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Get ready for an uptick in FCPA enforcement

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Jacobson William
William Jacobson

Partner

Washington, D.C.

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Image of Claire Rajan
Claire Rajan

Partner

Washington, D.C.

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Bothe Melinda
Melinda Bothe

Associate

Washington, D.C.

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04 January 2022

The U.S. Biden administration has announced a detailed new anti-corruption strategy, naming corruption as a core national security interest.

On December 6, 2021, the Biden administration announced a sweeping new anti-corruption strategy. The “United States Strategy on Countering Corruption” (SCC) follows President Biden’s declaration, in a June 3, 2021 memorandum, that corruption enforcement is a “core United States national security interest.” This strategy is even more striking in the context of multiple Department of Justice (DOJ) announcements made throughout the fall to surge resources” for corporate enforcement, revise its corporate criminal enforcement policies, and adopt a new stance on corporate recidivism. This series of recent developments—and folding them into the national security agenda—make clear that the Biden administration is serious about leading the efforts to “prevent and combat corruption at home and abroad.”

Of the nine open Foreign Corrupt Practices Act (FCPA) investigations disclosed by public companies in 2021, five are of non-U.S. companies and all four corporate resolutions in 2021 involved non-US companies. Additionally, of the top ten FCPA fines of all time, nine were levied against non-U.S. companies. For our global clients, this underscores the importance of implementing an effective compliance program that can withstand the scrutiny of aggressive FCPA enforcement. Put another way: we anticipate an increase in FCPA enforcement actions, so now is a good time to review your compliance programs and make any necessary improvements.

Here, we highlight the key elements of the SCC and related developments that are likely to affect corporate operations going forward.

Coordinated intelligence sharing

The U.S. government aims to improve its ability to collect, analyze, and share corruption related intelligence in order to better “map corruption networks and related proceeds.”

To that end, the U.S. government is surging resources to its own established groups working to fight corruption, and it is also strengthening its ongoing cooperation efforts with foreign governments and law enforcement authorities to increase the number of tips and referrals received from abroad.

This plan for coordinated intelligence sharing will inevitably arm U.S. law enforcement authorities with more actionable information and increase the number of FCPA enforcement actions.

Increased transparency and risk to gatekeepers

The Biden administration also recognizes that, to counter corruption effectively, the U.S. government must “combat money laundering, illicit trafficking, and other forms of criminal activity that fuel corruption and allow criminal actors to launder and shelter the proceeds of their illicit activities.”

Accordingly, the U.S. government plans to close the gaps in its current anti-money laundering laws and expand laws that hold the gatekeepers of the financial system, including lawyers and accountants, accountable for potentially complicit misconduct.  If successful, these objectives will likely result in additional due diligence requirements, such as enhanced Anti-Money Laundering and Know Your Customer programs.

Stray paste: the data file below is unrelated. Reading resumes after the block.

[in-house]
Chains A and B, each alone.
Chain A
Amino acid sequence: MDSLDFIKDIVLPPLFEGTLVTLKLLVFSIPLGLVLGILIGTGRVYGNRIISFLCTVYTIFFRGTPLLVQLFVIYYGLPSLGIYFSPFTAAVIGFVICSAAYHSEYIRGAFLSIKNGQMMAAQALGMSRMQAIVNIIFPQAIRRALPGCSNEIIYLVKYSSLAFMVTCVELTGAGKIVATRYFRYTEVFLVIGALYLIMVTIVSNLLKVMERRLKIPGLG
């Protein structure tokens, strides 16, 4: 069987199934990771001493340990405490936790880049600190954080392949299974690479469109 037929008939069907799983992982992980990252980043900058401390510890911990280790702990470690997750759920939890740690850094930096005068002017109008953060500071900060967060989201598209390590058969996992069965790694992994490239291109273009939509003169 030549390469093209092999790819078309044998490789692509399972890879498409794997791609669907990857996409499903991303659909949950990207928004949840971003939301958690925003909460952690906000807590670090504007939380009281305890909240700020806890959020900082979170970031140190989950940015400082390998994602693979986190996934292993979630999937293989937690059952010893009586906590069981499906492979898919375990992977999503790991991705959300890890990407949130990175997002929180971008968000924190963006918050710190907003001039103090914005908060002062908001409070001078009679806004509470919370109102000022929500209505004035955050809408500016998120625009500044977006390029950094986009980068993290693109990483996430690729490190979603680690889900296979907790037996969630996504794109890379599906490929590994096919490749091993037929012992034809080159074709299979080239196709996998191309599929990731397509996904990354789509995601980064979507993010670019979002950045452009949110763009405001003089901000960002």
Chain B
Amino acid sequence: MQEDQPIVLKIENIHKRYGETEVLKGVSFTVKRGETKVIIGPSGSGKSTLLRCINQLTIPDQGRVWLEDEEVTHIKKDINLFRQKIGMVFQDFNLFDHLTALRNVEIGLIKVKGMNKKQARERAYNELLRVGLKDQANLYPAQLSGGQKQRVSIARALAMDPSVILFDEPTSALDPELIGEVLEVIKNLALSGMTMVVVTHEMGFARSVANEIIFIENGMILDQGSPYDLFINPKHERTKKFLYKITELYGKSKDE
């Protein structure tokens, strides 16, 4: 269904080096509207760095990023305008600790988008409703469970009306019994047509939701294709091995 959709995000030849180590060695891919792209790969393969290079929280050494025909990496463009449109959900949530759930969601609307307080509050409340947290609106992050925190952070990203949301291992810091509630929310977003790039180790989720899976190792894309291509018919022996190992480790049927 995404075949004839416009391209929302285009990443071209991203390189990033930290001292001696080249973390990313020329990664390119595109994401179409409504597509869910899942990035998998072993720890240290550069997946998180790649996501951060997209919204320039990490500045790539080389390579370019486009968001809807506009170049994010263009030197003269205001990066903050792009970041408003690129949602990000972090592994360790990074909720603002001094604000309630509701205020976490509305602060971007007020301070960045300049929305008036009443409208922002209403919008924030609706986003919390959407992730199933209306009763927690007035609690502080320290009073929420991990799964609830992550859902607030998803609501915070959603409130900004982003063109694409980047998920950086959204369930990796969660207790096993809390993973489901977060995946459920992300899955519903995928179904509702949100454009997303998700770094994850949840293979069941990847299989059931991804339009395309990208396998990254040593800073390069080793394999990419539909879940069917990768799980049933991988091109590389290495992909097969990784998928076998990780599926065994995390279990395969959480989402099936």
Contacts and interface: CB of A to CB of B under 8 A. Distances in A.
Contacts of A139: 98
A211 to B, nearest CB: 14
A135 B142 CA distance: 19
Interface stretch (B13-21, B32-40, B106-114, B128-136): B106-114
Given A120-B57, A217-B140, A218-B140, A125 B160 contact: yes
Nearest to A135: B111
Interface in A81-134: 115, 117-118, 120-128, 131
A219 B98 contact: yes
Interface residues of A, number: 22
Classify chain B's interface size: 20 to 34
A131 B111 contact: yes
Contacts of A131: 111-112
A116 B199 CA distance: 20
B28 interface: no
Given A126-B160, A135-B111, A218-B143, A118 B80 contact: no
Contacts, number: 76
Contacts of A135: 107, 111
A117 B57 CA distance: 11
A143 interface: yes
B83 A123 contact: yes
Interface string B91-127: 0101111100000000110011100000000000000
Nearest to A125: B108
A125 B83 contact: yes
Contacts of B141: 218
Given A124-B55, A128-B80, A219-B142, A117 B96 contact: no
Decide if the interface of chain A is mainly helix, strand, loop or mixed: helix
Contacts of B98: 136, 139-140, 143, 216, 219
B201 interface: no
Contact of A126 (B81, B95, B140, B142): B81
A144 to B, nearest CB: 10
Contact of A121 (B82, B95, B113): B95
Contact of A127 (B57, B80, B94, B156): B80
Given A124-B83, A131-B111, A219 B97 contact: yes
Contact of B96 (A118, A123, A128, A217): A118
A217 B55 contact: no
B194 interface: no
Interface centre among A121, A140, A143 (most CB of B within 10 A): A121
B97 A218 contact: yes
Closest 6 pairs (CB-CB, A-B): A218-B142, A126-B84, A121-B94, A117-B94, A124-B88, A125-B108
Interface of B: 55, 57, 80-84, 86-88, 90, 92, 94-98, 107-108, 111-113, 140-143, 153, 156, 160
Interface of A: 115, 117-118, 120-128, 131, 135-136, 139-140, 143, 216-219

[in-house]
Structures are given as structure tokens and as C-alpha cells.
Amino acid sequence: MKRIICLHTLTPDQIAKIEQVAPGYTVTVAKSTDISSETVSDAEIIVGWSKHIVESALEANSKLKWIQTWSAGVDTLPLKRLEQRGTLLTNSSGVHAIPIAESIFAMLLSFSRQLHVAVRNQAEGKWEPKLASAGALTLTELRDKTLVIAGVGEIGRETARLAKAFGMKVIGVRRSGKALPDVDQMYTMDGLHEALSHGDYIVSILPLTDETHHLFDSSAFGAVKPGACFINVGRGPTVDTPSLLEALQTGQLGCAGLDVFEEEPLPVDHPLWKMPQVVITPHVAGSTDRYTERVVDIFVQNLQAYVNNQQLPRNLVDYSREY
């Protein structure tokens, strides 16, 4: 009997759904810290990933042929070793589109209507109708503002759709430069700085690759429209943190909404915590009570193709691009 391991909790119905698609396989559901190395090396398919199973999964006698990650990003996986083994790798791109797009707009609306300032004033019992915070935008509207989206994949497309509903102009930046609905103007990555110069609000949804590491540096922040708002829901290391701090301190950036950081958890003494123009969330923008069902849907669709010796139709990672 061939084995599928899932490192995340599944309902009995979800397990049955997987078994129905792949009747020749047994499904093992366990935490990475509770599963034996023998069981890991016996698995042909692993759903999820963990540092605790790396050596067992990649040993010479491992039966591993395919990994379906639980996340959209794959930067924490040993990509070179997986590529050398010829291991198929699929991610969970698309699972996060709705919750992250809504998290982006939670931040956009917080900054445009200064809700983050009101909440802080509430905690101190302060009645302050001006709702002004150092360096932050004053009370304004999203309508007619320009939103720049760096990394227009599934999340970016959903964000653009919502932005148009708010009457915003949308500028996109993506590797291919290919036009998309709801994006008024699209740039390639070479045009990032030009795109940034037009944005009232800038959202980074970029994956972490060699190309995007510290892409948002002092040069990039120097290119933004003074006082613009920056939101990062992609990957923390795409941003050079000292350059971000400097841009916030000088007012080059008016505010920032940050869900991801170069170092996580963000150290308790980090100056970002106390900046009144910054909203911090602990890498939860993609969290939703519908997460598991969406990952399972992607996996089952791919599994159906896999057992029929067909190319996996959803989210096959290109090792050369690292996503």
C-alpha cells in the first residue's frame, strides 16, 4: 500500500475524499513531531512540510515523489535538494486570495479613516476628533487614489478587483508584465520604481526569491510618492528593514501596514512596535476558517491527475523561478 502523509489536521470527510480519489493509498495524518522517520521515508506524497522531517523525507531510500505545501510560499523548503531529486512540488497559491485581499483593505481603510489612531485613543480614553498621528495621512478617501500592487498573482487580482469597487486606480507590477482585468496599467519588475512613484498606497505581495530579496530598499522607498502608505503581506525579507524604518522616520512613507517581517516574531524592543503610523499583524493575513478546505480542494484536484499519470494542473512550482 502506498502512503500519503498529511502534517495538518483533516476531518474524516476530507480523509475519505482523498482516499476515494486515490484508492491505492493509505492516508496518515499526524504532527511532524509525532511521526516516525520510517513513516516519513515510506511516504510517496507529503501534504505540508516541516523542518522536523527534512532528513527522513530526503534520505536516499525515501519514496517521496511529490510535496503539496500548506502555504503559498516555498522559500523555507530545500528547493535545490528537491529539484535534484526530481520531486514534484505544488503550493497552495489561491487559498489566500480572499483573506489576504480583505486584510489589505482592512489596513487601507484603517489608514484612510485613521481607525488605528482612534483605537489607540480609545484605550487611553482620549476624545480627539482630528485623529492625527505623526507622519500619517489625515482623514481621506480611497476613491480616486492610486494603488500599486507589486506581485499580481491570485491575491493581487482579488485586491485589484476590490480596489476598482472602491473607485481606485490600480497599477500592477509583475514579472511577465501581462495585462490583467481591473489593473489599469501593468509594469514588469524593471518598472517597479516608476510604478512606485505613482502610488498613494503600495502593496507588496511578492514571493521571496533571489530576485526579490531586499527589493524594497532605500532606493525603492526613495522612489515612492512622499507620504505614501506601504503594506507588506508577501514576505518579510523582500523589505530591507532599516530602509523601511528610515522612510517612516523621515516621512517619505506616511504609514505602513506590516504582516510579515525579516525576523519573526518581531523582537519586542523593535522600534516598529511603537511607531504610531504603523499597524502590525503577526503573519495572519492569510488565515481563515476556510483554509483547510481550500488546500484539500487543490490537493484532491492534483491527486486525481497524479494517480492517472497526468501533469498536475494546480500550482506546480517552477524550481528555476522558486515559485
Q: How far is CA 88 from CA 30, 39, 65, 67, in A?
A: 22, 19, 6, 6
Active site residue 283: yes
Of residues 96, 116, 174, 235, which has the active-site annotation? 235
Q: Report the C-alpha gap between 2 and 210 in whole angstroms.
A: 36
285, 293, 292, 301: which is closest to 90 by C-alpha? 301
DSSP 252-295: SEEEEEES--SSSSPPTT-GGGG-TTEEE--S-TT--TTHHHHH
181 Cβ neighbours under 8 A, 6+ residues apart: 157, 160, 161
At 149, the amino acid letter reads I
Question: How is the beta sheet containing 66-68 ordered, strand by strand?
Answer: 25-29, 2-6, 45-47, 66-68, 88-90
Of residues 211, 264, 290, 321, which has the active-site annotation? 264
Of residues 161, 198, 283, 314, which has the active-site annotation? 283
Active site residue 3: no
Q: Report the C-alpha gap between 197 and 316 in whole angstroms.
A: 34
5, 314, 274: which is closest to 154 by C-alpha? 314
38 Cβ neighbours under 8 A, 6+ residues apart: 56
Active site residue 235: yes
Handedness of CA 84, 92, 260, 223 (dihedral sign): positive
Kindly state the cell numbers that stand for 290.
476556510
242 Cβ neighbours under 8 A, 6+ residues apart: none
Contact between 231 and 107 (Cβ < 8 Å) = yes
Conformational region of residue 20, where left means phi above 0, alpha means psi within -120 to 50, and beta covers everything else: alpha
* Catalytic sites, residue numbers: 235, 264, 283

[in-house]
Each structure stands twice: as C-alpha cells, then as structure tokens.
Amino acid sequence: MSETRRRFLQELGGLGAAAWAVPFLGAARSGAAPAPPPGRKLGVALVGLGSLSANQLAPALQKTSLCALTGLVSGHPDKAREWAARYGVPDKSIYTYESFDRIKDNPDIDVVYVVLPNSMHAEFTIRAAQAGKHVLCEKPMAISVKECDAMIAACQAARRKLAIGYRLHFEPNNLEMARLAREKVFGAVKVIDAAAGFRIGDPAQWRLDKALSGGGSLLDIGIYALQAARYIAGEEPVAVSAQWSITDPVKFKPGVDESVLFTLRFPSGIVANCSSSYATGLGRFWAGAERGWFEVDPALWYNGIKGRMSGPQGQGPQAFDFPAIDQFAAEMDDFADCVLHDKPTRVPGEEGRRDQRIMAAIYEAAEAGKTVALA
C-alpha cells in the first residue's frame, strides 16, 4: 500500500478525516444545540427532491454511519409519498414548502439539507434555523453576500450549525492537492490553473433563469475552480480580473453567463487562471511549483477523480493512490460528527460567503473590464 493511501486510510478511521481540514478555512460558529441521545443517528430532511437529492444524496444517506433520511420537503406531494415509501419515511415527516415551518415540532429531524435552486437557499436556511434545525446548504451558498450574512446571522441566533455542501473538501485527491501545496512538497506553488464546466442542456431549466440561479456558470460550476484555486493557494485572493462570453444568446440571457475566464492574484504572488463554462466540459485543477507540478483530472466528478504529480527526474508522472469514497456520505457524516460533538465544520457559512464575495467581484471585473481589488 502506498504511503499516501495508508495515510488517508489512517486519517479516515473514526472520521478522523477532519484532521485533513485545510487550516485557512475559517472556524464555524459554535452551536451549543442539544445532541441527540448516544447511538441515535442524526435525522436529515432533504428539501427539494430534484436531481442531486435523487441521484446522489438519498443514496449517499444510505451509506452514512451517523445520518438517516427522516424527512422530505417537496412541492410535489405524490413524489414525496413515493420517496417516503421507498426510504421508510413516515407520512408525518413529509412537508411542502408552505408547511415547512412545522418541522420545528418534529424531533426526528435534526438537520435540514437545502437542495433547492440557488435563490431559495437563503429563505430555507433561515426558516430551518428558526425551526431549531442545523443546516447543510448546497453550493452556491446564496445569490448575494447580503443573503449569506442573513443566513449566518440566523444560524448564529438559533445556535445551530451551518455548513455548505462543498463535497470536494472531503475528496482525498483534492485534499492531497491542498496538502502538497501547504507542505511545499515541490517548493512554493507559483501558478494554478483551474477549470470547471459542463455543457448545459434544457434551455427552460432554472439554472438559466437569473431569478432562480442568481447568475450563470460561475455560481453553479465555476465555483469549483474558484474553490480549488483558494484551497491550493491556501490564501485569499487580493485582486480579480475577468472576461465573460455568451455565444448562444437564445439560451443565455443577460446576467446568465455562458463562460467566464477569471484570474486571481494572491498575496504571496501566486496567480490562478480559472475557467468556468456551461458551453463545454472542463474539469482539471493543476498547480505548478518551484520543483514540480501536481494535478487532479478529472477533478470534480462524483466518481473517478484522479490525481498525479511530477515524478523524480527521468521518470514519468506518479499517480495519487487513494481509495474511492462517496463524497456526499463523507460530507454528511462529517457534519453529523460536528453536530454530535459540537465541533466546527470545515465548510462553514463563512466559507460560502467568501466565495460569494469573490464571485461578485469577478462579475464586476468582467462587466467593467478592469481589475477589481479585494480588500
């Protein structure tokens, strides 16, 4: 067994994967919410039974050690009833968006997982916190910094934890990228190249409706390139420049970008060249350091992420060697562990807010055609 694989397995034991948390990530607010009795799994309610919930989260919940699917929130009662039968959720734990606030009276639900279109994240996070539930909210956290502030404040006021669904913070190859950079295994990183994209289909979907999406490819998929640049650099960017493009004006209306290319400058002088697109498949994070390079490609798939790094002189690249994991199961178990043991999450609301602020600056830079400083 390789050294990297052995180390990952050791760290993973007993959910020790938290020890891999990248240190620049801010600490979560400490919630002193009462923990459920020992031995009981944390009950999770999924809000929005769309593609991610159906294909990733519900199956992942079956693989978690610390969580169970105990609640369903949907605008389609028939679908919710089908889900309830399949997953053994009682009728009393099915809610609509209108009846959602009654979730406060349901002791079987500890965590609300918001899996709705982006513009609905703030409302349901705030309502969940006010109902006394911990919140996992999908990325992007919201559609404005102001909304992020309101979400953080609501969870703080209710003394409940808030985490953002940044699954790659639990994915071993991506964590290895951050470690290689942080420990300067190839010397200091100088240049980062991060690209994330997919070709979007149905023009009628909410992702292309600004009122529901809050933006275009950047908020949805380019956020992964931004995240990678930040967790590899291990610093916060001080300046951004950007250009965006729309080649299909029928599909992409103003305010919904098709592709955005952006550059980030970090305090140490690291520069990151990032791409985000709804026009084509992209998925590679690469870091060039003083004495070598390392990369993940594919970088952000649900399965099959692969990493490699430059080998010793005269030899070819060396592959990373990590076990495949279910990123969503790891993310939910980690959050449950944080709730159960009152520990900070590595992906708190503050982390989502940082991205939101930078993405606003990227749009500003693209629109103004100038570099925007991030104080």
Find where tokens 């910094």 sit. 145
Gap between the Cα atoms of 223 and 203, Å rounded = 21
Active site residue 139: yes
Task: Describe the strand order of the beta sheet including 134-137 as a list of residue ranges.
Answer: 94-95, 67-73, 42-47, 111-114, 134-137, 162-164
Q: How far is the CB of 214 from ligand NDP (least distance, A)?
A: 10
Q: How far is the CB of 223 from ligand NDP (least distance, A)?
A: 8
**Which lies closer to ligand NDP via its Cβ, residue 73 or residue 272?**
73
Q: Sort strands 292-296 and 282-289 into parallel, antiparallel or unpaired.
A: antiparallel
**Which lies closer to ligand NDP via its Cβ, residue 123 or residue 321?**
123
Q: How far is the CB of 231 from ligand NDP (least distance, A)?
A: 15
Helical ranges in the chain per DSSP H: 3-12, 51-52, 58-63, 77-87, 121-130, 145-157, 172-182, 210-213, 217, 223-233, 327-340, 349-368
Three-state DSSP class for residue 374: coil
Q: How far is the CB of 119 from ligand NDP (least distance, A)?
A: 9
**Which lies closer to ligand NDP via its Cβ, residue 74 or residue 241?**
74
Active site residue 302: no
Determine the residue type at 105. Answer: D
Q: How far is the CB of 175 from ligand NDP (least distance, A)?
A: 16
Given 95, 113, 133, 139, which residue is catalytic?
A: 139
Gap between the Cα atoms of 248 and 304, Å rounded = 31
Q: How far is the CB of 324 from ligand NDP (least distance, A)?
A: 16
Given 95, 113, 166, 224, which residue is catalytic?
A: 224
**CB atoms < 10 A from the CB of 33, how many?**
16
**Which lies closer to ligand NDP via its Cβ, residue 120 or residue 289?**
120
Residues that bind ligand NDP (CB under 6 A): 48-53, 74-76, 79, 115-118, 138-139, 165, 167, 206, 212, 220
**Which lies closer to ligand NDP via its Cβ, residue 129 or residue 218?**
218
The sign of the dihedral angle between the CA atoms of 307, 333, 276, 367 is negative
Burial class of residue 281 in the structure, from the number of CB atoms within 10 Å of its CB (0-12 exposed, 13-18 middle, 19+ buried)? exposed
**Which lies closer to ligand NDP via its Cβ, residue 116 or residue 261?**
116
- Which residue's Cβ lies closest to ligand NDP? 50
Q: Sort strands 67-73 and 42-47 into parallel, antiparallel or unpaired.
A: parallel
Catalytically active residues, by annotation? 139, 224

Rigorous enforcement of these laws may lead to an increased number of parallel DOJ investigations into corruption violations and collateral money laundering offenses.

Corporate criminal liability

The Biden administration also altered DOJ’s corporate criminal liability policies in ways that could have major impact:

  • Prosecutors must now consider a corporation’s entire history of misconduct, both domestic and foreign and including violations of criminal laws (apart from the instant offense) that indicate gaps in internal controls, when resolving allegations against corporations. For this review, prosecutors will focus on the recency, seriousness, and pervasiveness of the prior misconduct, and on whether the misconduct is similar in nature to the pending matter.
  • Companies must provide to DOJ all non-privileged, relevant facts concerning all individuals involved in or responsible for the misconduct to qualify for cooperation credit. This is a small, but—in certain cases—potentially significant, shift away from the more recent requirement to disclose only those facts relevant to individuals “substantially involved” in the misconduct.
  • DOJ now encourages independent corporate monitors in cases where, at resolution, a corporation’s compliance program and controls remain untested, ineffective, inadequately resourced, or not fully implemented. This pronouncement seems intended to result in more resolutions involving the appointment of an independent monitor, a meaningful shift from the prior administration.

Additionally, the DOJ appears to be taking more aggressive action against companies that violate the terms of settled matters and, since October 2021, the DOJ has pursued at least three companies for allegedly failing to live up to the compliance obligations provided for in their settlement agreements. While not unprecedented, alleging a breach of a settlement has been quite uncommon, so this announcement in just two months evidences the DOJ’s seriousness in this regard.

Read more here. If you would like to discuss further what this means for your business please contact William Jacobson or Claire Rajan

 

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